Figure 6 (right). Woodland Skipper nectaring on Pearly Everlasting (Anaphalis margaritacea) August 7, 2021



Pine Whites (Neophasia menapia) overwinter as eggs. In late summer, Females lay eggs stuck together in a row at the base of conifer needles in the Pine family (Pinaceae), including Douglas-fir, Lodgepole pine, and Western Hemlock, where they overwinter. After hatching in the spring, the larvae feed on tender new conifer needles. Pine Whites may pupate on tree branches, or the larva may drop to the ground on silk threads and pupate at the tree base.

Figure 7 (left) Woodland skipper larva, 3rd or 4th instar. June 15, 2005.

Figure 8 (right). Pine White basking on river rock on the Chemainus River August 24, 2022.

The loss and fragmentation of Garry oak meadows, woodlands and open Doulas-fir forest habitats traditionally managed by First Peoples have had a tremendous impact on Vancouver Island Butterflies. Over the past 100 years, butterfly populations on Southern Vancouver Island have declined sharply, and several species are no longer found here. Eighteen local species are listed as species at risk. To prevent further declines, we must better understand the needs of butterflies, conserve what remains of their habitat, and restore historic plant assemblages and traditional fire management to these areas. While most butterflies nectar on many plant species, they will often only lay their eggs on a single or select few host plants. Therefore, providing both nectar plants and species-specific host plants is critical in supporting butterflies in all their lifecycle phases.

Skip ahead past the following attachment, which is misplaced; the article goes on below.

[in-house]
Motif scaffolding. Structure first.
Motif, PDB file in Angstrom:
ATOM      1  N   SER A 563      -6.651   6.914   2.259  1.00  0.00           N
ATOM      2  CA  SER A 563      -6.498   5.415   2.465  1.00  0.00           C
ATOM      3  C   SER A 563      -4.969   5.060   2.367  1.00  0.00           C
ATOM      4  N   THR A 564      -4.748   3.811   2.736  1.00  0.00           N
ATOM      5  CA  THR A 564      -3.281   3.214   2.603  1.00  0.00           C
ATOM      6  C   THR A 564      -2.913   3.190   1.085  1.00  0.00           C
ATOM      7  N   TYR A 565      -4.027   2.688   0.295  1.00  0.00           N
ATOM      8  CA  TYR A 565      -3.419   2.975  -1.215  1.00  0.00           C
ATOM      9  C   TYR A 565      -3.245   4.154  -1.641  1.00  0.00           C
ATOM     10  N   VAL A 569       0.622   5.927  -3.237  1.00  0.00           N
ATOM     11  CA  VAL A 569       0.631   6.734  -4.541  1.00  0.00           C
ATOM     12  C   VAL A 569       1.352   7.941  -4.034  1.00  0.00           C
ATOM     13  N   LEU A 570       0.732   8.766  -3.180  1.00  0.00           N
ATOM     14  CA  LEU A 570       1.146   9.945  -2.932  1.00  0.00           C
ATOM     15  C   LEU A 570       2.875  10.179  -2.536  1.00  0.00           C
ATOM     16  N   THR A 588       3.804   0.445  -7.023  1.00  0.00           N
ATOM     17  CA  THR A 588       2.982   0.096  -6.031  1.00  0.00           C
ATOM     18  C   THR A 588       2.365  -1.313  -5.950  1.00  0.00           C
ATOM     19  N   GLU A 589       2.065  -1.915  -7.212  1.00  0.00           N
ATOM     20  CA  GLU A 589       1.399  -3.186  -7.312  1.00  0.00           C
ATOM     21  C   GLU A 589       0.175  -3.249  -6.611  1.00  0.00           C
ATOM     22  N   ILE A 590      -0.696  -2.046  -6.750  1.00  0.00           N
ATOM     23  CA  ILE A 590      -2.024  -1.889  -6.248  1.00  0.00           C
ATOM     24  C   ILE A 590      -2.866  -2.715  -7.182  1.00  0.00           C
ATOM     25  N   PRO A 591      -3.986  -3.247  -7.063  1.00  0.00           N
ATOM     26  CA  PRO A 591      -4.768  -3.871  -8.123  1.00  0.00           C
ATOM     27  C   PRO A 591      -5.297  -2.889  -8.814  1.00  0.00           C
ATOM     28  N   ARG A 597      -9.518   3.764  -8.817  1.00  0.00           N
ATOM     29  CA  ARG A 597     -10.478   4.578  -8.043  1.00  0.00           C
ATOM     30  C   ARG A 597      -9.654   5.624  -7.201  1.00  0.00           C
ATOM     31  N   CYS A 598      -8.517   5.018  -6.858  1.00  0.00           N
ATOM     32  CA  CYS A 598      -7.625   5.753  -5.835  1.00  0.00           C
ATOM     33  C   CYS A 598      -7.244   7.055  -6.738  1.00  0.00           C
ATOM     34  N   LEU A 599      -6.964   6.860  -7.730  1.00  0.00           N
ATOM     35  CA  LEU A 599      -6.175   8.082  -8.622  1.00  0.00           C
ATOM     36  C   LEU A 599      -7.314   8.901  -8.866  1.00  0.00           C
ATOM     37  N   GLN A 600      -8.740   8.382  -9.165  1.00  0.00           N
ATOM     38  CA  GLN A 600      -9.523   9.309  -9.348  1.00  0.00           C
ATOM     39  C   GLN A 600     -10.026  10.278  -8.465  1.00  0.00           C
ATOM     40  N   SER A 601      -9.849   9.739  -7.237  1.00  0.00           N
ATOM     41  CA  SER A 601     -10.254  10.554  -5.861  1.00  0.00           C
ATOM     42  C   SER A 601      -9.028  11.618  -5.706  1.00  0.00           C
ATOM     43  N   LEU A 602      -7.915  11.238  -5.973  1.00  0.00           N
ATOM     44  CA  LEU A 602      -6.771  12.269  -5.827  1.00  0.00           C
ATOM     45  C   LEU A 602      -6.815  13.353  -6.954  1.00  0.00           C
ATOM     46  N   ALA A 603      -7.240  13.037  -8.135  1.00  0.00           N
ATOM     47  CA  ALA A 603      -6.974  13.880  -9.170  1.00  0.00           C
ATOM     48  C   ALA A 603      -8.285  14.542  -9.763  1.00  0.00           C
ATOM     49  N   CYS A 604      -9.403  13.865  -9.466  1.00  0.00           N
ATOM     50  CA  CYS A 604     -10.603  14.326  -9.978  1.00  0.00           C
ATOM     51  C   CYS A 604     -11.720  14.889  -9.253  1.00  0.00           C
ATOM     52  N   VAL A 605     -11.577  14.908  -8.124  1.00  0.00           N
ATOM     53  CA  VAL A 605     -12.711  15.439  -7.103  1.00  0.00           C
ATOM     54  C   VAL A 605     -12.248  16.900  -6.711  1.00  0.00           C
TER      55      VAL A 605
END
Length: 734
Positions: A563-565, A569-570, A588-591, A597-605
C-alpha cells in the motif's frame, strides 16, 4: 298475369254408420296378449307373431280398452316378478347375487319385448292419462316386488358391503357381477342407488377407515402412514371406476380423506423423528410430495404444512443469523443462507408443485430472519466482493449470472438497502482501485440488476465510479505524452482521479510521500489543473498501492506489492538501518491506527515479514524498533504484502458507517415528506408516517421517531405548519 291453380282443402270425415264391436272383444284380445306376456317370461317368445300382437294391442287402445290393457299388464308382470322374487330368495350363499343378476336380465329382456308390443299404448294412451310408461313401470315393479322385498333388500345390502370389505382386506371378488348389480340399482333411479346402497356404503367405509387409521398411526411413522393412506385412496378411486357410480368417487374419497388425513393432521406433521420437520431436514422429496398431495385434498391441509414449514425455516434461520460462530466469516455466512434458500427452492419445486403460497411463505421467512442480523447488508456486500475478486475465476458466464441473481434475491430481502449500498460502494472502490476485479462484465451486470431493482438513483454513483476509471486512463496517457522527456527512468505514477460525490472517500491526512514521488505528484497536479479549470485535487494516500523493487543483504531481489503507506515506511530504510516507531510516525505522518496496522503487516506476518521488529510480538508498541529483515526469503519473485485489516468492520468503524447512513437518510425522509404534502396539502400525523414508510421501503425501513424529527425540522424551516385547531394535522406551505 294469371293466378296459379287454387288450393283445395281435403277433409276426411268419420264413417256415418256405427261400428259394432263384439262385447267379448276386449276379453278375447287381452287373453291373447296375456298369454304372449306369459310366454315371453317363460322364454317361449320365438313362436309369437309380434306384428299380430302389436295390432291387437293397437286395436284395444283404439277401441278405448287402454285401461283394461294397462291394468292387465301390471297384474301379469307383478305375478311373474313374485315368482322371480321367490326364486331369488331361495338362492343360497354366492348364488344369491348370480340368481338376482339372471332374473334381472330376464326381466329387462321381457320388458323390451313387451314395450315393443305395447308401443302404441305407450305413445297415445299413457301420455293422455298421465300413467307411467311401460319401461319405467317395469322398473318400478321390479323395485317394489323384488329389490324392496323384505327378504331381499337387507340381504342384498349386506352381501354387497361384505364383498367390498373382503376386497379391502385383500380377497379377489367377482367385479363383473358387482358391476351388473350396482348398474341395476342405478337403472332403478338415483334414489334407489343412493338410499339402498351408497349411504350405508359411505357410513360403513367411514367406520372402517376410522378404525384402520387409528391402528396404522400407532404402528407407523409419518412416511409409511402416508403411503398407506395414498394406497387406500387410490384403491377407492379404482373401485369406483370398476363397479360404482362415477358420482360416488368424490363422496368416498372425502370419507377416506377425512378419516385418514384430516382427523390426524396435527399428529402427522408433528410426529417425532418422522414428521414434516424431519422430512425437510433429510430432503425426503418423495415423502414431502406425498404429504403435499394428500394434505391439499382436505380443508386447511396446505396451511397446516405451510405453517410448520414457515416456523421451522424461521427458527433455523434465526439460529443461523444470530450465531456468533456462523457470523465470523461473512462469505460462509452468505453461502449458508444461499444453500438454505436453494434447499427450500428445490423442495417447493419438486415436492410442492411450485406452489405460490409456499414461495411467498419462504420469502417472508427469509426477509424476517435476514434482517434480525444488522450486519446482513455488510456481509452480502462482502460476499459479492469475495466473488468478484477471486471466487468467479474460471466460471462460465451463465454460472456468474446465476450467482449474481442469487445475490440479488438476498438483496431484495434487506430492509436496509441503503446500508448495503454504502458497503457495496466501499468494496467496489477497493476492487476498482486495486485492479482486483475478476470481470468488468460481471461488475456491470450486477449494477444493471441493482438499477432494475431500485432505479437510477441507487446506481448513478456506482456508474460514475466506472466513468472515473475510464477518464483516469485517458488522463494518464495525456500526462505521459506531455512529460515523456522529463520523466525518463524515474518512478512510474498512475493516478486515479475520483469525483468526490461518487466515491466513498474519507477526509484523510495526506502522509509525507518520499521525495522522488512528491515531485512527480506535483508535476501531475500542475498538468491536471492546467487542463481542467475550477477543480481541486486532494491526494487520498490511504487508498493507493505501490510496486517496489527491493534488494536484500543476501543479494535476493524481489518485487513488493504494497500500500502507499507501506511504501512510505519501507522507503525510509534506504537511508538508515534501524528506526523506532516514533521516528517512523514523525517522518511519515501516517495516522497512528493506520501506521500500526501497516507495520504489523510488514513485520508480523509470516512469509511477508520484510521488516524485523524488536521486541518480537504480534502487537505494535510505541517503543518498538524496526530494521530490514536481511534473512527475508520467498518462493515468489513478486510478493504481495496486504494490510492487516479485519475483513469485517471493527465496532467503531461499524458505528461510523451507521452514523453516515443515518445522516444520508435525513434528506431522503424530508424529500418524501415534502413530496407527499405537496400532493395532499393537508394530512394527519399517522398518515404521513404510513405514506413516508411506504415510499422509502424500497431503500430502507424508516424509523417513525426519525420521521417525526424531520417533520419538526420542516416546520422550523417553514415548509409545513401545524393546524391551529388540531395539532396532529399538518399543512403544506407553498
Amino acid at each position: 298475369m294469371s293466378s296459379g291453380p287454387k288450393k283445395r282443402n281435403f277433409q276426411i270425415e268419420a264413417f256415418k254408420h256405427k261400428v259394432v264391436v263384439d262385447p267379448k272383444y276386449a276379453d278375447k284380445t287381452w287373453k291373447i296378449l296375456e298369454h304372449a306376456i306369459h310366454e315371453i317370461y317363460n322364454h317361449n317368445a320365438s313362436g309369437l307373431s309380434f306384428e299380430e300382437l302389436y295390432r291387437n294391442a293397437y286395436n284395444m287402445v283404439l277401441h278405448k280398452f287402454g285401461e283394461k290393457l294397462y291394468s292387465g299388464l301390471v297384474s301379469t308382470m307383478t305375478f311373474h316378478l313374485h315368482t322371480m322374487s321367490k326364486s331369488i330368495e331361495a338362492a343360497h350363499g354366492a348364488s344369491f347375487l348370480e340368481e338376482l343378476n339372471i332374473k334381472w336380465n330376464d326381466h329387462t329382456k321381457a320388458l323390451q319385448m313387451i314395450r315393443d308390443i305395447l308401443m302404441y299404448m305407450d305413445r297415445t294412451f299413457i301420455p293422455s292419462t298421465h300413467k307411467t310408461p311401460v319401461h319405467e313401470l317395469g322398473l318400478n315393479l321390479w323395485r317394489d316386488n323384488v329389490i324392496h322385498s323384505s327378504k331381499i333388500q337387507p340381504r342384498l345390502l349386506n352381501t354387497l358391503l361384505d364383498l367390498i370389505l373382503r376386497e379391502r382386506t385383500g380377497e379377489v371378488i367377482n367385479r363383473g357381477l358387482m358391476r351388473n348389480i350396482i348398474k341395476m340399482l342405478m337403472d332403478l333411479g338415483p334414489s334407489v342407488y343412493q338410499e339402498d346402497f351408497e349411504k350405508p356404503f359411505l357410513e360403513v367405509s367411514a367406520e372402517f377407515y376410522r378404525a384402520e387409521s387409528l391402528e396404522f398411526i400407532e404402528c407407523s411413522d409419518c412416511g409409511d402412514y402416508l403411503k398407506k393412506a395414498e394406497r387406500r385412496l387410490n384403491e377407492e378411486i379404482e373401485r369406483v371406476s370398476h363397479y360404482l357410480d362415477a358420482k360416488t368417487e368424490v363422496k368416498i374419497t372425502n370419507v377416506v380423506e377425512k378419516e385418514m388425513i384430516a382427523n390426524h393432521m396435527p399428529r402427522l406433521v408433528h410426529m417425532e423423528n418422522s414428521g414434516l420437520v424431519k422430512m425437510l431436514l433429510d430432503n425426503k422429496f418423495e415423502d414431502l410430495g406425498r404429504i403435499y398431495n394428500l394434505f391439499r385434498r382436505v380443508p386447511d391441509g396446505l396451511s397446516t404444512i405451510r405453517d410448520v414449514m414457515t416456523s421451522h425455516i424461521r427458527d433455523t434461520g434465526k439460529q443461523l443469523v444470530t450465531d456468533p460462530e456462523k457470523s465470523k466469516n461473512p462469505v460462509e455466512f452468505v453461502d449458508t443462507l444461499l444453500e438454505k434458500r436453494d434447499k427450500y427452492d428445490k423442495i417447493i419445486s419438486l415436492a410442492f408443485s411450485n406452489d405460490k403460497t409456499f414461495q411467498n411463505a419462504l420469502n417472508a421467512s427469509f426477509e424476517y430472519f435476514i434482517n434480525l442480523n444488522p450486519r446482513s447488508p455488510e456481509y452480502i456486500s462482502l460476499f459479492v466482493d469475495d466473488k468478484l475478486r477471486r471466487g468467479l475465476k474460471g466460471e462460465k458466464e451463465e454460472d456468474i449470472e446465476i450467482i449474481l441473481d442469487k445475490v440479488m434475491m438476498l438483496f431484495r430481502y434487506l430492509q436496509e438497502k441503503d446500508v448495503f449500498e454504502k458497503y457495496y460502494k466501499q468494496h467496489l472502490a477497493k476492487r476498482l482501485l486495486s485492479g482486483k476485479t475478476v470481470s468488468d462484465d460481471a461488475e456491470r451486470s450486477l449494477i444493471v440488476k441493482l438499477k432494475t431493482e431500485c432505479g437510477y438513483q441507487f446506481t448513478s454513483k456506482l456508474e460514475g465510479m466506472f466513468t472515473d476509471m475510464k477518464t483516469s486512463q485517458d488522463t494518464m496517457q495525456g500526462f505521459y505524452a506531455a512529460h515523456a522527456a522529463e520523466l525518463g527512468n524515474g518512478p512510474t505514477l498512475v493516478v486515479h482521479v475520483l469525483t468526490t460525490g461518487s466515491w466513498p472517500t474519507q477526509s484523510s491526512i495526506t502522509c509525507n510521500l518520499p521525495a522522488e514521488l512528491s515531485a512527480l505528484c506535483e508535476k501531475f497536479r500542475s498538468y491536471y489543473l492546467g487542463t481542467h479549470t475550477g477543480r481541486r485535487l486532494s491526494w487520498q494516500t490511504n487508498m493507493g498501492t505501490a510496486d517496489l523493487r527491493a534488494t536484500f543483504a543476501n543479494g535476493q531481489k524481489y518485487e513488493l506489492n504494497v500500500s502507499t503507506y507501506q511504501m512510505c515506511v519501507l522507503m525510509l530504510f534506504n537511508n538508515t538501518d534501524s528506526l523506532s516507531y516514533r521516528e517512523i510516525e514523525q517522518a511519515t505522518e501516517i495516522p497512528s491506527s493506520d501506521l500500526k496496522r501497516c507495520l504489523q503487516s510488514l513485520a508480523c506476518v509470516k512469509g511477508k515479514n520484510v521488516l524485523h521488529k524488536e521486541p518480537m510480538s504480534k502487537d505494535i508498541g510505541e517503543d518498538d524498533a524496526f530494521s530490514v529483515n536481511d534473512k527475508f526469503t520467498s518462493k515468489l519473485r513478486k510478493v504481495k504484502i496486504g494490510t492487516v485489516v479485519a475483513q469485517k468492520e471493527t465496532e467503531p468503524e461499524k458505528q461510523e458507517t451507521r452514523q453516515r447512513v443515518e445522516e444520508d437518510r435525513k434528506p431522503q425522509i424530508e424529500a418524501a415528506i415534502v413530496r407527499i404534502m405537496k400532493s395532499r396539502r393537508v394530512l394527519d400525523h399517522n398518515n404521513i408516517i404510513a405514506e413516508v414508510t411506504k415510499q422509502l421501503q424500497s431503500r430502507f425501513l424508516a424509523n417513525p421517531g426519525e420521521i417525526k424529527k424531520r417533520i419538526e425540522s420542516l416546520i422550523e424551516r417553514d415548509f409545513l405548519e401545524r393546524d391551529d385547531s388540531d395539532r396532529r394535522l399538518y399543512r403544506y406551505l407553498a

Tips for Supporting Overwintering Butterflies

  • Familiarize yourself with the larval host plants of different butterfly species. Protect and plant more of these plants and trees:
  • Ensure fallen leaves remain undisturbed over the fall and winter (don’t rake them away!) There could be butterfly eggs and caterpillars amongst them
  • Think twice about cutting back or pruning vegetation as there may be eggs or pupae attached to the foliage
  • Conserve standing dead wood and woody debris piles
  • Join efforts to conserve and restore native vegetation to seasonally dry meadows, open forests, and rocky slope habitats that are favourable to butterflies


Aestivate: Spend a hot, dry period in a prolonged state of torpor

Chrysalis: Where larva develops protective case in the final stage of development into an adult

Diapause: Period of suspended development, especially during periods of unfavourable environmental conditions

Eclose: When an adult butterfly emerges from the pupa

Host plant: Preferred larval foodplant of a butterfly 

Instar: Stage of caterpillar growth between moults. Most caterpillars moult several times before forming chrysalises. Each time the caterpillar moults, it advances to the next instar (1st, 2nd, 3rd, 4th and 5th instar).

Species at risk: A plant or animal considered in danger of disappearing from the wild. In Canada, assessments are made at Federal and Provincial government levels and classified based on the level of risk.

Voltinism:  The frequency or number of annual broods of an insect